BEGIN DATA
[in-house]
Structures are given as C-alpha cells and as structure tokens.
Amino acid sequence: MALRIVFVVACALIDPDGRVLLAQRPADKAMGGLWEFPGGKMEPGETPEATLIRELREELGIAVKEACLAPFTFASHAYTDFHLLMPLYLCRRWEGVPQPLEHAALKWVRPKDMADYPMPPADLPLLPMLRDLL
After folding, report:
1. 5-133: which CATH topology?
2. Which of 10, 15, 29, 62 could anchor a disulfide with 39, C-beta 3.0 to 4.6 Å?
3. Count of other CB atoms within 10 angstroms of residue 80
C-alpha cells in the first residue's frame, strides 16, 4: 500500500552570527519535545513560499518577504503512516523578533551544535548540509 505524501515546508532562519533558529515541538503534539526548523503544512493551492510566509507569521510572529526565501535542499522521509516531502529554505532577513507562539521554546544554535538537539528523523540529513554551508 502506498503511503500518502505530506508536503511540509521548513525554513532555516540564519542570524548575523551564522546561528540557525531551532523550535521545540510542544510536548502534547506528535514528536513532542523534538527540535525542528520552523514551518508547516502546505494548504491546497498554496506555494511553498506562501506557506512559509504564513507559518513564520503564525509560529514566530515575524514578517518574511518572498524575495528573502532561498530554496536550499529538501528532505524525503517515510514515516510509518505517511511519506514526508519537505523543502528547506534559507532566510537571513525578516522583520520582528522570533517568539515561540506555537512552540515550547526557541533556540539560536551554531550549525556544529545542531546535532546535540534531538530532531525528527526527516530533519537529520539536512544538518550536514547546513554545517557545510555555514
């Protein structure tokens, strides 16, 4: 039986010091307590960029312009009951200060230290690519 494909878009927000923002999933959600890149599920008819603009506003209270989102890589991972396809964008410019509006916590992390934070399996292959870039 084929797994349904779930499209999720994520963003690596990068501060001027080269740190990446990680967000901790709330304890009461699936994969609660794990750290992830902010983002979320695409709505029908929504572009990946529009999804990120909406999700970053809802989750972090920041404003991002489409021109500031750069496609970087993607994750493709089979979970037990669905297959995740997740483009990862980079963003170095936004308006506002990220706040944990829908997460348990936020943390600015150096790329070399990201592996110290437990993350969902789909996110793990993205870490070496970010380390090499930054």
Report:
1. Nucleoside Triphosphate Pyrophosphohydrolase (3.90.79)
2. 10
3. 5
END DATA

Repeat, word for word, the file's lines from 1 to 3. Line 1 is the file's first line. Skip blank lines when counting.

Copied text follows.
[in-house]
Structures are given as C-alpha cells and as structure tokens.
Amino acid sequence: MALRIVFVVACALIDPDGRVLLAQRPADKAMGGLWEFPGGKMEPGETPEATLIRELREELGIAVKEACLAPFTFASHAYTDFHLLMPLYLCRRWEGVPQPLEHAALKWVRPKDMADYPMPPADLPLLPMLRDLL